At roughly four hours post-announcement of the NCAA tournament brackets (which translates to 1:30 a.m. Central), this is one of my fastest turnarounds for posting my annual geo-spatial bracket! Unless you have some really fine eyesight, you are urged to click on the map to enlarge it.
Each clustering shows the teams playing in a given region, shaded in the color of the host school (the home team is also underlined). I would say 15 of the 16 regions are geographically compact, to one extent or another. Only one regional, which I am calling the "super-jumbled" regional, is really a grab-bag, sending No. 7-seeded Cal to Louisville, along with Illinois-Chicago and Jacksonville State (Alabama); these teams are seen as red blocks.
I would say the Alabama (No. 2 seed), Texas (No. 3), Missouri (No. 5), Georgia (No. 6), and (arguably) the Michigan (No. 10) regionals are extremely compact. There are several others, such as the Florida (No. 4) and Stanford (No. 15) regions, in which three of the schools are located pretty close to each other and the fourth is coming from great distance.
As a Michigan alum, let me state my beef with the seedings from the outset. The Wolverines were typically ranked at (or around) No. 2 in the national polls in the closing weeks of the regular season. Yet, the Maize and Blue ended up with a No. 10 seed! What do Arizona State (No. 1 seed) and Arizona (No. 8) have in common this season? They were both beaten by Michigan. OK, the Big 10 was down this year and the Wolverines had a few bad non-conference losses. But a 10 seed?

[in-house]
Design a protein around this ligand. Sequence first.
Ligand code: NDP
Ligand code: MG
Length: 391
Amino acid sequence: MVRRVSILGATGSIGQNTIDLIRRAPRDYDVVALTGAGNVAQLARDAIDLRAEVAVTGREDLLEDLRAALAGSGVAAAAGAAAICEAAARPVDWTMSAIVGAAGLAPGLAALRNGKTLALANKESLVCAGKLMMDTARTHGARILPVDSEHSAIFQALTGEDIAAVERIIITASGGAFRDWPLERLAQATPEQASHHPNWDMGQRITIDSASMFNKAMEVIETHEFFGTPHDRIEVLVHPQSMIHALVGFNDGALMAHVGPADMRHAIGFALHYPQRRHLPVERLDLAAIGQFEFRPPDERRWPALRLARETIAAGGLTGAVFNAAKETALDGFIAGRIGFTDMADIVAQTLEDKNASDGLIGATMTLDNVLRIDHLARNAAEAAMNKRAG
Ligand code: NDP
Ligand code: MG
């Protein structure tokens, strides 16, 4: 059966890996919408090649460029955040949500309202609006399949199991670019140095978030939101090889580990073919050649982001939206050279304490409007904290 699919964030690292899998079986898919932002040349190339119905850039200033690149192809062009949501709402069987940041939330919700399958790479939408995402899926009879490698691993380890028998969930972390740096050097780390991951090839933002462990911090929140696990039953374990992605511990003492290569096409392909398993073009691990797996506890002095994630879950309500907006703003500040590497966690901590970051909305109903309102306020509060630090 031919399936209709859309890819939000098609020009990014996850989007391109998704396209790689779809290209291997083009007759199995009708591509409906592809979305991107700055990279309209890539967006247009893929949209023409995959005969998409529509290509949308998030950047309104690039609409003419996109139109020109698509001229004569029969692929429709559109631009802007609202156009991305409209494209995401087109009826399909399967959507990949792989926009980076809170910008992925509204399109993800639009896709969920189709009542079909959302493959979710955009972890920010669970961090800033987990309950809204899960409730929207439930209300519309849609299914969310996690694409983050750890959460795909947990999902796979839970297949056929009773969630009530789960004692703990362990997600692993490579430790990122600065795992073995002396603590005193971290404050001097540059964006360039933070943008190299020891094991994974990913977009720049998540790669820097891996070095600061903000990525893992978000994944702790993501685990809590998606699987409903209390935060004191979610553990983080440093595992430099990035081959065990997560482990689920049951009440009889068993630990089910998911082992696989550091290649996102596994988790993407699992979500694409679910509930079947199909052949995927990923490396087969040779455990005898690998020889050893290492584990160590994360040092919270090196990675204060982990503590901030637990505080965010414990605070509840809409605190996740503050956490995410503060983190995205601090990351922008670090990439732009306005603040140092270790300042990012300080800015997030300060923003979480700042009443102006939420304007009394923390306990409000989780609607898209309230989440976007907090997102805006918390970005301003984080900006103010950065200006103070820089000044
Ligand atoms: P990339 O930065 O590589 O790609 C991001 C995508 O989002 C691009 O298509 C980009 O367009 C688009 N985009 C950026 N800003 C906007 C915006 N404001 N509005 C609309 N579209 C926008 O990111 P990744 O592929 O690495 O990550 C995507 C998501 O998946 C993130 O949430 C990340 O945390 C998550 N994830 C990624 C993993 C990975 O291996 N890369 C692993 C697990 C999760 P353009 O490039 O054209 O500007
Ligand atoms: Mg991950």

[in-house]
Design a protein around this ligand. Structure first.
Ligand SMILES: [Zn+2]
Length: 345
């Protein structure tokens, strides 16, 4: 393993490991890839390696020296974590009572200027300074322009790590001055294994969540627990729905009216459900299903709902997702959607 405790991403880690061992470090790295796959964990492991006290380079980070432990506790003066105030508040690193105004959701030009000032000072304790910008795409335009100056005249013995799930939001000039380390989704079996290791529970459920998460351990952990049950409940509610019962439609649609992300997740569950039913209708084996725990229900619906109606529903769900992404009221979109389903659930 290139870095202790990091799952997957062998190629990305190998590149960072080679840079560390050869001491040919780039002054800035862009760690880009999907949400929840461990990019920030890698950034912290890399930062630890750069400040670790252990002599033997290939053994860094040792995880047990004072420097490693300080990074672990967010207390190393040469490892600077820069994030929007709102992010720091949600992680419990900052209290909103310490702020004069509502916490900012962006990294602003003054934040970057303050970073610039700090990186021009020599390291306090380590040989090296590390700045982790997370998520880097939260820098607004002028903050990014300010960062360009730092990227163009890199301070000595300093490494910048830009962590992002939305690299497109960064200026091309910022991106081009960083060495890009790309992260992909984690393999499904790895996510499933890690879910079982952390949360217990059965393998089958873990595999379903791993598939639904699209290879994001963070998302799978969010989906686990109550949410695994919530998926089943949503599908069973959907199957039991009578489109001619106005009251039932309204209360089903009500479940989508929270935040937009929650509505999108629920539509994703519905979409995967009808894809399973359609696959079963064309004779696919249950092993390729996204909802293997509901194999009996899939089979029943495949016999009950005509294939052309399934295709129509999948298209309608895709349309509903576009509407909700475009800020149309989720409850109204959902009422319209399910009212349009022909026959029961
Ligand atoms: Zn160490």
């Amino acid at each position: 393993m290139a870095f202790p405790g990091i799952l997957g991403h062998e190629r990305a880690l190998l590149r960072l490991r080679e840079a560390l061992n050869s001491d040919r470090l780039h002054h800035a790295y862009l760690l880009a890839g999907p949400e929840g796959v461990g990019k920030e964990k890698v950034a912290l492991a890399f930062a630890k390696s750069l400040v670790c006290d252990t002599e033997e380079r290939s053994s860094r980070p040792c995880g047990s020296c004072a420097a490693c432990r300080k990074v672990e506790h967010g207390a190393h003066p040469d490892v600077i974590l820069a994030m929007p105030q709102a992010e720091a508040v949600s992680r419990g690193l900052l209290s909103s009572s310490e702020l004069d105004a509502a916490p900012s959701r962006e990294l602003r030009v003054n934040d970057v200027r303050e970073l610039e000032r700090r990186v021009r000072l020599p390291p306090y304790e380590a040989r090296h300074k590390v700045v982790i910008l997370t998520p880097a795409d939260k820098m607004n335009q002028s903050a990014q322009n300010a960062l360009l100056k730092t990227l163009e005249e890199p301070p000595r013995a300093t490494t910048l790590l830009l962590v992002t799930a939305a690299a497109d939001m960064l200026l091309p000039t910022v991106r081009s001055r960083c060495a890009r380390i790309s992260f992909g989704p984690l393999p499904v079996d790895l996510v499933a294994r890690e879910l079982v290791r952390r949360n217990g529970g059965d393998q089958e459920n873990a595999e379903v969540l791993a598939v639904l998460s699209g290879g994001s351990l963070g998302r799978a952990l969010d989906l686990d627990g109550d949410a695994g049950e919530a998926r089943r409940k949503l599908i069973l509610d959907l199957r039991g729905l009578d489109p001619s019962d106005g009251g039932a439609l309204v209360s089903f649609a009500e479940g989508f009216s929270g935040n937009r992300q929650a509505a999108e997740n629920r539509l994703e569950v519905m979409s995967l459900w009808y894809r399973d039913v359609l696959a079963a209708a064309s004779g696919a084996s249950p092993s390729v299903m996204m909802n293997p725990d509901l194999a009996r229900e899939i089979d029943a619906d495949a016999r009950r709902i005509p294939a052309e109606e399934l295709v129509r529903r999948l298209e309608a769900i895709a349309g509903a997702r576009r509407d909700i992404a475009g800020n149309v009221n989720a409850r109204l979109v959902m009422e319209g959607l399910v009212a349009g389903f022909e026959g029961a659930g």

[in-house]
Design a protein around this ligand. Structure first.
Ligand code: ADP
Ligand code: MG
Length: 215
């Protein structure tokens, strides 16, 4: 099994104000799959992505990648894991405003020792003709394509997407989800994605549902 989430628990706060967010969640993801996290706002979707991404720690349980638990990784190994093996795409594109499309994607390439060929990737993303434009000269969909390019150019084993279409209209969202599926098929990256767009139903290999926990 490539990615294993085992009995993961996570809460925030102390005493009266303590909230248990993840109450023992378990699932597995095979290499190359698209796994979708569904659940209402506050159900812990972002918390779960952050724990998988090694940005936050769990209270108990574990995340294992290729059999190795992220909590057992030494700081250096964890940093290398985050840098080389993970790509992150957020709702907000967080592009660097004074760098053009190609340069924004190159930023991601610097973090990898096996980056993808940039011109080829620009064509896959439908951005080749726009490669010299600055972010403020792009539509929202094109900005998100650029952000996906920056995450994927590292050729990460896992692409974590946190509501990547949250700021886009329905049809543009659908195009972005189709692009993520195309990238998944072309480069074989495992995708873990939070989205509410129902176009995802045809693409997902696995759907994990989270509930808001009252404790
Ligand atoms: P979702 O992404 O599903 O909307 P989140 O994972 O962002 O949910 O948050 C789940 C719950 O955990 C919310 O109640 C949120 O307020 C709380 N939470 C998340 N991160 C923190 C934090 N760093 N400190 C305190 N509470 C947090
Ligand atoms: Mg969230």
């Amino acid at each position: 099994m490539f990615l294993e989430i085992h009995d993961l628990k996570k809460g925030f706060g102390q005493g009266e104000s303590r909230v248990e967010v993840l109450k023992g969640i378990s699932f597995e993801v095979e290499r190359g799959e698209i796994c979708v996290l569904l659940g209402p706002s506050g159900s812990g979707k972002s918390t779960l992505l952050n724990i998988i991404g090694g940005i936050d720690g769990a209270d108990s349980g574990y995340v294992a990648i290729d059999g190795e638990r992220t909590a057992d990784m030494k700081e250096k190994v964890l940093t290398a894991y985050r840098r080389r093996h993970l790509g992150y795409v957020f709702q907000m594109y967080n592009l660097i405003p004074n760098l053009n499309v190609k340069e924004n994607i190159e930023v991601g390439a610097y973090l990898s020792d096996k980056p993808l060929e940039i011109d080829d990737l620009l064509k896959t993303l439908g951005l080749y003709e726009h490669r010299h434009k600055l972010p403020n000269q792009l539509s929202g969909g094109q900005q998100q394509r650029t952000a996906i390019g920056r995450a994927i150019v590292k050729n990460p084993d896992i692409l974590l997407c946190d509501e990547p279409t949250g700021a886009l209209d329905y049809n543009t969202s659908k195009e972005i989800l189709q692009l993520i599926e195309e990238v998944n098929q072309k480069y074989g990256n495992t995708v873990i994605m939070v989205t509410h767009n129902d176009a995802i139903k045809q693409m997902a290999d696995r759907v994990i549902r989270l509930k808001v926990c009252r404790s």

Also noteworthy (although not necessarily undeserved) is UCLA being completely unseeded, which I assume is the first time that's ever happened. With 24 appearances in the Women's College World Series and 11 NCAA national championships, it must be quite a shock for the Bruins to be considered almost as an afterthought by the commitee. We'll see if they can pull a surprise in the Florida regional.
[Credit: The map onto which I superimposed the softball teams is known as a cartogram, which adjusts the sizes of states or other jurisdictions from their usual sizes and boundaries to reflect other characteristics, such as population. I used this cartogram, which is based on each state's number of electoral votes in the 2008 presidential election.]